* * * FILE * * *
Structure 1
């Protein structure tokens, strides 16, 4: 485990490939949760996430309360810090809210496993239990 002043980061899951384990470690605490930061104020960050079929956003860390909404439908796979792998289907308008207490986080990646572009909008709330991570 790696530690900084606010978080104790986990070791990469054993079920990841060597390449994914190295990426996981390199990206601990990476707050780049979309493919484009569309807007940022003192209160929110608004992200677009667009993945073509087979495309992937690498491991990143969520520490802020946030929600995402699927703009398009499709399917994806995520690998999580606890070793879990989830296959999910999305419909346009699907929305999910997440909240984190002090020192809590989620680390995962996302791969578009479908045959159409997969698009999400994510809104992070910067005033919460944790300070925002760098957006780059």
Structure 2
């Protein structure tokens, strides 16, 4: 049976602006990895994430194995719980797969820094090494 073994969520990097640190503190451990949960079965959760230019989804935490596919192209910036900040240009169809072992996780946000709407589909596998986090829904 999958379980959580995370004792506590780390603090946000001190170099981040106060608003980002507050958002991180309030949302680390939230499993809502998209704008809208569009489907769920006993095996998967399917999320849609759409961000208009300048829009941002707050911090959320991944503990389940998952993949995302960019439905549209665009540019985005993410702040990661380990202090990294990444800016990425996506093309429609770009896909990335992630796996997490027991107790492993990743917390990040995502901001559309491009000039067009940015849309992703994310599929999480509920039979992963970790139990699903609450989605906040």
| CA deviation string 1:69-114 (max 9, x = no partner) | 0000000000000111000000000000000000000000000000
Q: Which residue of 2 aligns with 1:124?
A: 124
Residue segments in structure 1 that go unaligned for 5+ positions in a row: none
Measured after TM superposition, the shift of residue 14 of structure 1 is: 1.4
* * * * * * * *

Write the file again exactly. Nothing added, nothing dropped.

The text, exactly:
Structure 1
């Protein structure tokens, strides 16, 4: 485990490939949760996430309360810090809210496993239990 002043980061899951384990470690605490930061104020960050079929956003860390909404439908796979792998289907308008207490986080990646572009909008709330991570 790696530690900084606010978080104790986990070791990469054993079920990841060597390449994914190295990426996981390199990206601990990476707050780049979309493919484009569309807007940022003192209160929110608004992200677009667009993945073509087979495309992937690498491991990143969520520490802020946030929600995402699927703009398009499709399917994806995520690998999580606890070793879990989830296959999910999305419909346009699907929305999910997440909240984190002090020192809590989620680390995962996302791969578009479908045959159409997969698009999400994510809104992070910067005033919460944790300070925002760098957006780059």
Structure 2
């Protein structure tokens, strides 16, 4: 049976602006990895994430194995719980797969820094090494 073994969520990097640190503190451990949960079965959760230019989804935490596919192209910036900040240009169809072992996780946000709407589909596998986090829904 999958379980959580995370004792506590780390603090946000001190170099981040106060608003980002507050958002991180309030949302680390939230499993809502998209704008809208569009489907769920006993095996998967399917999320849609759409961000208009300048829009941002707050911090959320991944503990389940998952993949995302960019439905549209665009540019985005993410702040990661380990202090990294990444800016990425996506093309429609770009896909990335992630796996997490027991107790492993990743917390990040995502901001559309491009000039067009940015849309992703994310599929999480509920039979992963970790139990699903609450989605906040």
| CA deviation string 1:69-114 (max 9, x = no partner) | 0000000000000111000000000000000000000000000000
Q: Which residue of 2 aligns with 1:124?
A: 124
Residue segments in structure 1 that go unaligned for 5+ positions in a row: none
Measured after TM superposition, the shift of residue 14 of structure 1 is: 1.4